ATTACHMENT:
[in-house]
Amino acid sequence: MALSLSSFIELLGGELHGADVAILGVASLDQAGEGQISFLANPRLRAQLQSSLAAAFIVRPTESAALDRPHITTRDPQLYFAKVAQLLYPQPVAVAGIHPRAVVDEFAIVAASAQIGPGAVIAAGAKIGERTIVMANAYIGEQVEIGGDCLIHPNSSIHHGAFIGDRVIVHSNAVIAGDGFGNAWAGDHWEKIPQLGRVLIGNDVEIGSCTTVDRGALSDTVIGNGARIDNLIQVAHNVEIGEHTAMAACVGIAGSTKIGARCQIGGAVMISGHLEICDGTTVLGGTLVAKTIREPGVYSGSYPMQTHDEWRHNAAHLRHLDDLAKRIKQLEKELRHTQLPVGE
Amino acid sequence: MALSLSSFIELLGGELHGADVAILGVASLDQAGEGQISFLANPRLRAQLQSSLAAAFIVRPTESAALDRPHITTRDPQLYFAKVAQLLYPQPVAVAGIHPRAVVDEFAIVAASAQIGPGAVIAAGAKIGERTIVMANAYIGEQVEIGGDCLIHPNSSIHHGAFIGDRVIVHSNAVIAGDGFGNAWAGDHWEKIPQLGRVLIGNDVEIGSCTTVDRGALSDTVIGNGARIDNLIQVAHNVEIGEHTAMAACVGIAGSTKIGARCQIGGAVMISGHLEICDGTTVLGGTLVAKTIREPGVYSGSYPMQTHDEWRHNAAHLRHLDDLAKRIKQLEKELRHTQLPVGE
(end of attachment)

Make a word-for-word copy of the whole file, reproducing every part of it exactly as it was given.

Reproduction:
[in-house]
Amino acid sequence: MALSLSSFIELLGGELHGADVAILGVASLDQAGEGQISFLANPRLRAQLQSSLAAAFIVRPTESAALDRPHITTRDPQLYFAKVAQLLYPQPVAVAGIHPRAVVDEFAIVAASAQIGPGAVIAAGAKIGERTIVMANAYIGEQVEIGGDCLIHPNSSIHHGAFIGDRVIVHSNAVIAGDGFGNAWAGDHWEKIPQLGRVLIGNDVEIGSCTTVDRGALSDTVIGNGARIDNLIQVAHNVEIGEHTAMAACVGIAGSTKIGARCQIGGAVMISGHLEICDGTTVLGGTLVAKTIREPGVYSGSYPMQTHDEWRHNAAHLRHLDDLAKRIKQLEKELRHTQLPVGE
Amino acid sequence: MALSLSSFIELLGGELHGADVAILGVASLDQAGEGQISFLANPRLRAQLQSSLAAAFIVRPTESAALDRPHITTRDPQLYFAKVAQLLYPQPVAVAGIHPRAVVDEFAIVAASAQIGPGAVIAAGAKIGERTIVMANAYIGEQVEIGGDCLIHPNSSIHHGAFIGDRVIVHSNAVIAGDGFGNAWAGDHWEKIPQLGRVLIGNDVEIGSCTTVDRGALSDTVIGNGARIDNLIQVAHNVEIGEHTAMAACVGIAGSTKIGARCQIGGAVMISGHLEICDGTTVLGGTLVAKTIREPGVYSGSYPMQTHDEWRHNAAHLRHLDDLAKRIKQLEKELRHTQLPVGE